Stocks suffered their worst loss in seven weeks on Monday as weak data from Japan and a disappointing outlook from retailer Lowe's Cos dampened hopes about the economy's growth.

Japan's gross domestic product showed its economy pulled out of recession in the second quarter, but at a slower pace than expected, prompting a sell-off in major Asian markets that spilled over into Europe and North America.

Lowe's stock dropped 10.3 percent as the U.S. home improvement company gave investors few reasons to be positive about the outlook for the consumer.

The results amplified worries about weak consumer spending following last week's poor data on U.S. consumer sentiment and retail sales.

The GDP number in Japan sort of got things started when it missed this morning, said Stephen Massocca, managing director of Wedbush Morgan in San Francisco.

But, he said, the sell-off in China was a big worry.

A lot of people have seen China as kind of the reason we rallied to begin with. The Chinese economy was doing so well, it was leading us out (of the recession), and now that story is very much in jeopardy.

U.S. selling was broad-based, but shares sensitive to the economy's cycles fell the most, including industrials <.GSPI>, down 2.9 percent, and financials <.GSPF>, down 4.3 percent. The Dow Jones index of home builders' shares <.DJUSHB> fell 3.3 percent.

The Dow Jones industrial average <.DJI> dropped 186.06 points, or 2 percent, to end at 9,135.34. The Standard & Poor's 500 Index <.SPX> slid 24.36 points, or 2.43 percent, to 979.73. The Nasdaq Composite Index <.IXIC> lost 54.68 points, or 2.75 percent, to 1,930.84.

The Dow and the S&P 500 had their worst one-day percentage sell-offs since July 2, while the Nasdaq had its worst since June 22. The S&P 500, however, is still up about 45 percent from its early March lows.

Shares of heavy equipment maker Caterpillar Inc fell 4.5 percent to $43.95, leading the Dow's major decliners.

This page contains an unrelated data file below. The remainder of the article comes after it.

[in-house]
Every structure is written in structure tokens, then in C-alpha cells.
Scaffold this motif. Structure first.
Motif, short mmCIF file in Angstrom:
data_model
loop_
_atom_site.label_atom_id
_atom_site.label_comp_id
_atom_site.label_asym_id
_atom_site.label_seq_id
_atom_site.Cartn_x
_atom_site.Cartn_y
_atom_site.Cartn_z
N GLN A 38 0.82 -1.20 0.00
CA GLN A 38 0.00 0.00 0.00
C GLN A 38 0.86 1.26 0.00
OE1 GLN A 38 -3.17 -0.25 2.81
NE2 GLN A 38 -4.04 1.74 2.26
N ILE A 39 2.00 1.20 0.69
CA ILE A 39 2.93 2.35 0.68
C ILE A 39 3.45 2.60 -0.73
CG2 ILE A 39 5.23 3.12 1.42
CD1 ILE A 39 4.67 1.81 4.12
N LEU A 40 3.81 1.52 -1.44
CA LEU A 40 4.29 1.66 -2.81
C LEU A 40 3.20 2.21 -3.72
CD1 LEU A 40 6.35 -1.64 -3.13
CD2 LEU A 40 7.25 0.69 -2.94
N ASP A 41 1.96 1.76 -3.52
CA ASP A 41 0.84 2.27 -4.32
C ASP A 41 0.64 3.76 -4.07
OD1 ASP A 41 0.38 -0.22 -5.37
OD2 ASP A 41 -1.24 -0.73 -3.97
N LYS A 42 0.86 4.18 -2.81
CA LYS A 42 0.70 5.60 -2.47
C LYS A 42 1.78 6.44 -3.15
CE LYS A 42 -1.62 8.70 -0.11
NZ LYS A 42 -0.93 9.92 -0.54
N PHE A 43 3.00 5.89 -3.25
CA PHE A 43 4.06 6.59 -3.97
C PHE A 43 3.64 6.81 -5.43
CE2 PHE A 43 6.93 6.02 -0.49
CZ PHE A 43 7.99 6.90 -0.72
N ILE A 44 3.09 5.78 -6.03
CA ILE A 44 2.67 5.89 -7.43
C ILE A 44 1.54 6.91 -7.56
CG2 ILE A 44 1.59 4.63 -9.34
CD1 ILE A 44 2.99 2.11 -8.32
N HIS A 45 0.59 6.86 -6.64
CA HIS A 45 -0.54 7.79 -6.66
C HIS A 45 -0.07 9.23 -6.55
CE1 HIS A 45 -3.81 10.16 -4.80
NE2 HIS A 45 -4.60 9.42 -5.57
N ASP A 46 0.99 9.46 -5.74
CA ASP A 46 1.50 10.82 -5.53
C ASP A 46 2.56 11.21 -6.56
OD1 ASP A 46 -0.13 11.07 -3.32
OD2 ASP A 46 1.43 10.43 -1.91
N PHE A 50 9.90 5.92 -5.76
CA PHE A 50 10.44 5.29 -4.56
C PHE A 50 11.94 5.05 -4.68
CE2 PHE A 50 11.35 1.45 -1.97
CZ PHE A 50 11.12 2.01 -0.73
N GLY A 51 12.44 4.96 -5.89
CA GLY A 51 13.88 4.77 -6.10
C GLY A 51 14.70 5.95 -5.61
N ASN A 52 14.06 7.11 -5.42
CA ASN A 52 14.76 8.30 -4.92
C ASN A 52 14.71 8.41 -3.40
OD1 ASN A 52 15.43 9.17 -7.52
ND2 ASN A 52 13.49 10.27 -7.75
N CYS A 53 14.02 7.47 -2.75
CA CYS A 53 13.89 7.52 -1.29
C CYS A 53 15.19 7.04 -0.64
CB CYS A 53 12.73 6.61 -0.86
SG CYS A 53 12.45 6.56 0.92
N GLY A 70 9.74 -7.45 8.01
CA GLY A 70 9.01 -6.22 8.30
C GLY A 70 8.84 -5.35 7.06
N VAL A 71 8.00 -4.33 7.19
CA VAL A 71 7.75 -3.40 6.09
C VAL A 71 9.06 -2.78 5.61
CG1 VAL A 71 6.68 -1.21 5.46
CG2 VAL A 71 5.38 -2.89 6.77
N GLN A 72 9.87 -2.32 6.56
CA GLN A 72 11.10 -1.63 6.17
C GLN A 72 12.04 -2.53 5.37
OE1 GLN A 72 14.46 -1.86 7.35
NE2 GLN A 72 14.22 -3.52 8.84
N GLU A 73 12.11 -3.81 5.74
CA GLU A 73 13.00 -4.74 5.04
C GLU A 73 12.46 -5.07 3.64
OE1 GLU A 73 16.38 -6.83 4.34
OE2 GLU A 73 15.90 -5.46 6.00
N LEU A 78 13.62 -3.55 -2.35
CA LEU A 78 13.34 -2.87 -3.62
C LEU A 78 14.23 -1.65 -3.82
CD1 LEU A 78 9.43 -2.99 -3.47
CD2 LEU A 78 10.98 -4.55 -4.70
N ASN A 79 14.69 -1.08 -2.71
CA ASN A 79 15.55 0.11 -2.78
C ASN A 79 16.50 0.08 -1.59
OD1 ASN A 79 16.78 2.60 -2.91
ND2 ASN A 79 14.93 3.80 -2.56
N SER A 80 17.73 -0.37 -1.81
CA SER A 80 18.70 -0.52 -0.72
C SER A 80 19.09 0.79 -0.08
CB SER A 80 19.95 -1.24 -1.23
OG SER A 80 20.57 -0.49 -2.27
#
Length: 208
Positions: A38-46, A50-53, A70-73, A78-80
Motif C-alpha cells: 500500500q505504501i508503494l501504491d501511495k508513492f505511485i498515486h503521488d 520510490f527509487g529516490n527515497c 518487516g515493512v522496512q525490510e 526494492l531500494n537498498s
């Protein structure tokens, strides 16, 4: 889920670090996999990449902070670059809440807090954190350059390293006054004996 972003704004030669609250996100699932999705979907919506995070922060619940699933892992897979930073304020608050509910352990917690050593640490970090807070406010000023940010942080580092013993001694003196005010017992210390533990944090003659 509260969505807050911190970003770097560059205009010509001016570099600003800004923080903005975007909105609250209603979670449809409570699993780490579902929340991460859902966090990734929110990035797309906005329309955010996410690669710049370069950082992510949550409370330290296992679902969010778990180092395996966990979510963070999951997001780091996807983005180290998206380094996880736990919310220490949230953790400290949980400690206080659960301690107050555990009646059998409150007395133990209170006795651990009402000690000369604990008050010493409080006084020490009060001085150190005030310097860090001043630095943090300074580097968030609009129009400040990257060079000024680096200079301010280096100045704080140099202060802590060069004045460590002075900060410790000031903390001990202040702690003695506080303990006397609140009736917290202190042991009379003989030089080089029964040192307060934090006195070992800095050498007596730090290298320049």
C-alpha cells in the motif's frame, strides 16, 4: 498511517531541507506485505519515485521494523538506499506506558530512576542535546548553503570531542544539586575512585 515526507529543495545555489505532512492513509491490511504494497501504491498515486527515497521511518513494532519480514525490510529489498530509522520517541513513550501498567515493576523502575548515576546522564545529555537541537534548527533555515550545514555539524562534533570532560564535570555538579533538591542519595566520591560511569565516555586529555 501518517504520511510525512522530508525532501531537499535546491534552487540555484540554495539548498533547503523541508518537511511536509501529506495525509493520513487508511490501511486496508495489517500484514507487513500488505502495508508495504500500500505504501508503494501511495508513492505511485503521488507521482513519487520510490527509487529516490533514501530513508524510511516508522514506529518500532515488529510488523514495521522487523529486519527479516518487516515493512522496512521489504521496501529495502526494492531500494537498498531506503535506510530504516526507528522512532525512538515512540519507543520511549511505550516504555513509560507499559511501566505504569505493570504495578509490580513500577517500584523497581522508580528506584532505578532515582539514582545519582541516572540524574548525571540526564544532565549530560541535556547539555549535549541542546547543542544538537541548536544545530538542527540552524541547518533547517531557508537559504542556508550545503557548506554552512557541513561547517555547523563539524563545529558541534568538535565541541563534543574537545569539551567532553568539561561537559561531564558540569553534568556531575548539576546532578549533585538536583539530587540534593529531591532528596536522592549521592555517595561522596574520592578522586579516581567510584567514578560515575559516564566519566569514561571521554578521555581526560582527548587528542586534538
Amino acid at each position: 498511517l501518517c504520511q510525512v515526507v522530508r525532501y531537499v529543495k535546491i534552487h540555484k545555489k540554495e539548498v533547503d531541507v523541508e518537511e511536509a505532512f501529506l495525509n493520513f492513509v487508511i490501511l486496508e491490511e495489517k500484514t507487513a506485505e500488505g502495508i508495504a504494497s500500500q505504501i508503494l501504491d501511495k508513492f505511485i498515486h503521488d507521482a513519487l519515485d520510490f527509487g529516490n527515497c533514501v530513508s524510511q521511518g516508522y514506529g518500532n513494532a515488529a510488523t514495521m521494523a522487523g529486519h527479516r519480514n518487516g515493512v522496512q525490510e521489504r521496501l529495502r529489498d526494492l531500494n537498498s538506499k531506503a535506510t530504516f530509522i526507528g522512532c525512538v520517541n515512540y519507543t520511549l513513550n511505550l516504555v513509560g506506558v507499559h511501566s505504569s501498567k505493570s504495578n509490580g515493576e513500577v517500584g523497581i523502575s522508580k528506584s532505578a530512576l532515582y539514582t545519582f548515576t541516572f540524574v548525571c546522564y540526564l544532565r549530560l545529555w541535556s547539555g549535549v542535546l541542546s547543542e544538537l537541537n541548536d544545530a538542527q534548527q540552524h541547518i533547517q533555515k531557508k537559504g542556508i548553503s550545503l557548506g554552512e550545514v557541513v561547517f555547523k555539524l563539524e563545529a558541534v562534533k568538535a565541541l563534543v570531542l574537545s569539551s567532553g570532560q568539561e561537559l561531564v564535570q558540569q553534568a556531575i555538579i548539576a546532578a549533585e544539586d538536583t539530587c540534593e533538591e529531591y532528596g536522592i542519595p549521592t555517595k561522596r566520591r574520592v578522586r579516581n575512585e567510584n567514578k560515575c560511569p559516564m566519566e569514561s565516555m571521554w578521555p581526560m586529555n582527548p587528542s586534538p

The health-care sector outperformed other groups, with managed care companies boosted by the view that a public health-care plan was fading. The S&P managed health care index <.GSPHMO> rose 2.6 percent.

In the retail sector, Lowe's gave a third-quarter earnings outlook that was below expectations, and said it was slowing plans for expansion. Chief Executive Robert Niblock said consumers remain under pressure even though housing is showing signs of bottoming out. Lowe's stock dropped $2.36 to $20.47.

Shares of rival Home Depot Inc , a Dow component that is scheduled to report results on Tuesday, dropped 3.8 percent, or $1.03, to $26.11.

Offsetting some of the declines earlier was regional data from the New York Federal Reserve that showed the state's factory sector was better than expected in August.

Volume was light on the New York Stock Exchange, with 1.22 billion shares changing hands, below last year's estimated daily average of 1.49 billion, while on the Nasdaq, about 1.95 billion shares traded, below last year's daily average of 2.28 billion.

Declining stocks outnumbered advancing ones on the NYSE by a ratio of 9 to 1, while on the Nasdaq, more than four stocks fell for every one that rose.

(Reporting by Caroline Valetkevitch; Editing by Jan Paschal)